Contact your Henry & Horne, LLP professional for additional information.
By Melinda Nelson, CPA
The IRS is singing Michael Jackson’s 1979 hit “Don’t Stop ’til You Get Enough” all the way to U.S. Tax Court as they file documents claiming Michael Jackson’s estate has severely undervalued his image and music catalog on his Federal Estate Tax Return.
The Jackson estate’s executors valued his net worth on his date of death in June 2009 at a little over $7 million, but the IRS claims it was more like $1.125 billion. So, the dilemma is determining his value on death and speculating the present value of his future popularity. The estate’s lowball estimate may be because Jackson’s public image was severely tarnished before he died due to the widely publicized allegations of child molestation.
The vast differences noted in the executors’ values versus the IRS’s values for the same assets are:
According to the IRS, the estate owes an extra $505,000,000 in taxes plus $197,000,000 in penalties. This is going to be an immensely costly and time consuming bit of litigation and in the end it will cost the estate an enormous amount of legal fees and litigation costs.
By Pamela Wheeler, EAPosted on February 18 2014 by admin
It can be so annoying to call anywhere and just want to get some answers, but you need to dial through a number of options, only to be on interminable hold.
It turns out the IRS is no different than when you call your bank or credit card company. The only trick is that we can tell you when the IRS is the busiest.
The Internal Revenue Service’s busiest time of the year is the Presidents’ Day holiday and week. During this time, especially the Tuesday following the holiday, they get many more phone calls than the rest of the year.
To try to avoid some of these delays, you may want to check out IRS.gov – some of the information you may be calling about is there – you may not even need to call the IRS! Just a couple of examples are listed below:
Where’s My Refund?: More than 90 percent of refunds are issued in less than 21 days. IRS representatives will not provide individual refund information over the telephone before then. You can easily track your refund status by using the Where’s My Refund tool. It’s available on IRS.gov. Where’s My Refund? provides the most up-to-date information available.
If you did not get your W-2: Employers are required to send to their employees a Form W-2, Statement of Earnings, by Jan. 31. Allow enough time for the form to be mailed to your address of record. If you do not receive a W-2 by mid-February, your first call should be to the employer, verifying that the employer has your correct address. After exhausting options with employers, you can contact the IRS, and the IRS will send a letter to the employer.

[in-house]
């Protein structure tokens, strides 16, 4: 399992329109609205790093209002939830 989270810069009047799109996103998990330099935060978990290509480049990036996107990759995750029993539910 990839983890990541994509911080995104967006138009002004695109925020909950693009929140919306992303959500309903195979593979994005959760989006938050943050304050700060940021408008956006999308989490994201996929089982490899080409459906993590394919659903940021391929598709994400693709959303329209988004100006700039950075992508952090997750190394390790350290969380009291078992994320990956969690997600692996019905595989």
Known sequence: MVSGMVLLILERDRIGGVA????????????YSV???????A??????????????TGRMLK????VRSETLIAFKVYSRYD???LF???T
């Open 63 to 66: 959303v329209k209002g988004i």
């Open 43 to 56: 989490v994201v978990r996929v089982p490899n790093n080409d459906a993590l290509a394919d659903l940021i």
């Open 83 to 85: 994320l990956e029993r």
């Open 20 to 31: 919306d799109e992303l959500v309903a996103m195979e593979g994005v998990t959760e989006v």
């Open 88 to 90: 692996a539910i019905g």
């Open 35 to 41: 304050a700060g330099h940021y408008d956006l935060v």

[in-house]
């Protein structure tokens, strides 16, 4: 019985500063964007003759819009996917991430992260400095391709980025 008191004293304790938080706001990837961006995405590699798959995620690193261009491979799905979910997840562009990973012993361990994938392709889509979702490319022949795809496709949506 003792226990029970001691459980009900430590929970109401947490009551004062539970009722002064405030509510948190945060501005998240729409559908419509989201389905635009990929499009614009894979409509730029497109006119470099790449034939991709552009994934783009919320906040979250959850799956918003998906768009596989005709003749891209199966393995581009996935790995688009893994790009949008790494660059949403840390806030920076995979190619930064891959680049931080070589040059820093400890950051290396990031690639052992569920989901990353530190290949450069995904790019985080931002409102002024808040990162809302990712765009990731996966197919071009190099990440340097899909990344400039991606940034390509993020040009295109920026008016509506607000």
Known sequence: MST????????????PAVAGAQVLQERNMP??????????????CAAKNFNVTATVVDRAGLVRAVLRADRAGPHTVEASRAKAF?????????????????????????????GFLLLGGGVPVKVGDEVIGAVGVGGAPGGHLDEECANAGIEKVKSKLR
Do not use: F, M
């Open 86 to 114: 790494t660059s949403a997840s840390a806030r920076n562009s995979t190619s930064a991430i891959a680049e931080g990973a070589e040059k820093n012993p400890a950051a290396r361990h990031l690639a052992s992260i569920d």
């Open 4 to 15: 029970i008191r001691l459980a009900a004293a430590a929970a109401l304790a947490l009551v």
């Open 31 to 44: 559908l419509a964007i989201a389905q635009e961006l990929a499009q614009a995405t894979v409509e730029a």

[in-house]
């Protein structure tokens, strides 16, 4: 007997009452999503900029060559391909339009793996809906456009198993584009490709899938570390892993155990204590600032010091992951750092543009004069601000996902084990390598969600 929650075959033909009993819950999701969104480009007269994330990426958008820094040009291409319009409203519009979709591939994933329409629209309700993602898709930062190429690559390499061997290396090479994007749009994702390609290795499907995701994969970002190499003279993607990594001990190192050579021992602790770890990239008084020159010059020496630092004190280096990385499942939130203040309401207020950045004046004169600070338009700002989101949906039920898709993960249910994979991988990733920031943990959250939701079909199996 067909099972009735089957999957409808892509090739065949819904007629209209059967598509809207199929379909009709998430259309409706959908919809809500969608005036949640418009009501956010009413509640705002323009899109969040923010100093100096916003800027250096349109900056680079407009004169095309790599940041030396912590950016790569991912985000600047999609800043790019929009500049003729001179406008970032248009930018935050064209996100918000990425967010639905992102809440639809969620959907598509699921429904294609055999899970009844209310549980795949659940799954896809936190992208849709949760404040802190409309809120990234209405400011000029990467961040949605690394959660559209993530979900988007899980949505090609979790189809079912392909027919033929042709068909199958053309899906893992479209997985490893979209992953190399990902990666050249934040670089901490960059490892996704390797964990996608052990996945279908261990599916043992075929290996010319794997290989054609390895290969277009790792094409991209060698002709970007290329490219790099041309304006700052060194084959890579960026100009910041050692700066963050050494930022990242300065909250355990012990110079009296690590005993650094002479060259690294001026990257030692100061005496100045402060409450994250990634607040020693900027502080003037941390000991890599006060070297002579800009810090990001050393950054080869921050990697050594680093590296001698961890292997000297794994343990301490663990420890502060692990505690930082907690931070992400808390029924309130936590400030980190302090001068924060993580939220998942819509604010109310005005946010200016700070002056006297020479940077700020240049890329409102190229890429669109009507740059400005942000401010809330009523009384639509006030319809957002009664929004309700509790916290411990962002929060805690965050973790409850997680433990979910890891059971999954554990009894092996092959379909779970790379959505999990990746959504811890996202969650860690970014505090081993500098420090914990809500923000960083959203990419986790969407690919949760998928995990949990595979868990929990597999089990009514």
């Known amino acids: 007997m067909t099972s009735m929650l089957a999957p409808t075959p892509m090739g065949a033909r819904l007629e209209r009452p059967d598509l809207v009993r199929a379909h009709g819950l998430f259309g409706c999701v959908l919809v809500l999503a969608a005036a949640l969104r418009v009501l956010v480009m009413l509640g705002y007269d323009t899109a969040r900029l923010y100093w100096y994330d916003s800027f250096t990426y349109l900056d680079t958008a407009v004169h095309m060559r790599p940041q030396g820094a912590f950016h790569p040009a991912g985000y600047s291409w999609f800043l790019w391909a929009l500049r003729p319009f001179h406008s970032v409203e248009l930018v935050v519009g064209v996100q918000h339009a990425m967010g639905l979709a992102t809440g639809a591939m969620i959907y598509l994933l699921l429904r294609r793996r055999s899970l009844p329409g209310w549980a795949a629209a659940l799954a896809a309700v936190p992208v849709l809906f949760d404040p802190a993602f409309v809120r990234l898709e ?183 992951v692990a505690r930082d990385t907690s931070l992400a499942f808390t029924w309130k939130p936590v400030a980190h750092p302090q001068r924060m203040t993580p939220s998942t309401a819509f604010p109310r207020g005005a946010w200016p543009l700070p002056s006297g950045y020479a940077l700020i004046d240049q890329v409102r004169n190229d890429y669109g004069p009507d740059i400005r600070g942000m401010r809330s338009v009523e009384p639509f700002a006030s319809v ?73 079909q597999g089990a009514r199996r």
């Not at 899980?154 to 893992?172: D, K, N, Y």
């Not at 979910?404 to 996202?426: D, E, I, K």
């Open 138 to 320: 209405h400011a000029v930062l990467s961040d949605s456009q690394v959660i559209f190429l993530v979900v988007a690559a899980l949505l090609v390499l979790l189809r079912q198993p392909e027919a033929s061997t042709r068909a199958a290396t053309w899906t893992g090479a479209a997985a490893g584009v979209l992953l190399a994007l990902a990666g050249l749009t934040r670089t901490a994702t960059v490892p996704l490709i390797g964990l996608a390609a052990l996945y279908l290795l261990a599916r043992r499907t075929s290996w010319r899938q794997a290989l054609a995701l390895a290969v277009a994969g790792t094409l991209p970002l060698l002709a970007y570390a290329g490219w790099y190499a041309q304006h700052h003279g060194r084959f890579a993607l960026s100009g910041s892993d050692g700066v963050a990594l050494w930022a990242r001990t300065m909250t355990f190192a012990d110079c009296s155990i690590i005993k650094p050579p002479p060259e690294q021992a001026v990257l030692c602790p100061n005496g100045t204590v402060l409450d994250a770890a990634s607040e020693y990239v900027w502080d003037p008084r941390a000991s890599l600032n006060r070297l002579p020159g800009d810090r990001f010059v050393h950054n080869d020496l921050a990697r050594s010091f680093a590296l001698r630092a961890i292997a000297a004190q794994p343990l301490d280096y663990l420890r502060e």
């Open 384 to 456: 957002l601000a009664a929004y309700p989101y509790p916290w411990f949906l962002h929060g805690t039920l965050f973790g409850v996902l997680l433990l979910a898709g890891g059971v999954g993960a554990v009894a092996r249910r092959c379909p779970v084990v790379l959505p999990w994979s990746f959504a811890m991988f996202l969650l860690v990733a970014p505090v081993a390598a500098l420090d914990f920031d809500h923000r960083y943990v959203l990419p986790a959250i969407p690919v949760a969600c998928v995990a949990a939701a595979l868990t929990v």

But – you may not want to call the week of Presidents’ Day. Good luck and happy filing season.
By Donna H. Laubscher, CPA
Okay, the Affordable Care Act is not really giving back. They are delaying some requirements. That is as close to giving back as the Treasury Department and the IRS can manage.
In final regulations that were issued on Monday, February 10, 2014, the employer shared responsibility provisions (the employer mandate) have given additional time to both large and small businesses.
Businesses that employ between 50 and 99 full time employees will have until 2016 to comply. Those that claim this exemption in 2015, which is when they were originally going to need to comply, will need to certify that the work force was not reduced below 100 employees in order to put off the employer mandate for an additional year.
Large employers, which are those with 100 or more employees, were also given additional time. The original timing was that health insurance was to be offered to at least 95% of their full time employees, beginning in 2015. That requirement has now been reduced to 70% in 2015 and 95% in 2016.
As before, those employers with 50 or fewer full-time employees are not required to provide health insurance to their employees.
Please note that a full-time employee is not necessarily what you may think of as a full time employee – it is a full time equivalent, which is being defined as any employee working 30+ hours per week – not the more standard 40 hours/week.
Now, let’s talk about you – the individual. The individual mandate that requires health insurance coverage for all people is still in effect – right now in 2014. No reprieve on the individuals.
There are many more exciting things in the final regulations, such as safe harbor examples and clarifications on some terms and employee categories. Click here for the link to read the entire set of regulations and all of the details.
By Donna H. Laubscher, CPA
There is nothing more complex than the world of taxes. We know this and yet we chose careers where we face these issues everyday. We get questions day in and day out about new tax laws, forms and news items and how they affect everyday people and businesses. Well, here at Henry & Horne, LLP we have set out to do what we do best; help everyday people understand what is going on in the world of state, local, federal, estate and international taxation. We will provide these weekly posts and we encourage you to give us feedback on those posts as well as letting us know what else you would like to know more about. Welcome to "Tax Insights." We hope you find this blog informative and worthy of your time.
Before posting a comment on a blog post please be aware that we do not give free tax advice to non-clients by email, comment response, or phone. Thank you!
- Which Tax Form Should You File?
- IRS Allows Extension for Small Estates that Want Portability
- New Estate Planning Dilemma: Portability or a Credit Shelter Trust
- The Tonight Show and Taxes
- Filing Deadline: 2010 FICA Protective Refund Claims for Severance Pay
- Don’t Stop ’til You Get Enough
- Call and Wait is Annoying – You Just Want Answers from the IRS!
- The Affordable Care Act is Giving Back?
- Top 10 Tips about Free Tax Preparation
- A Tip for Restaurant Owners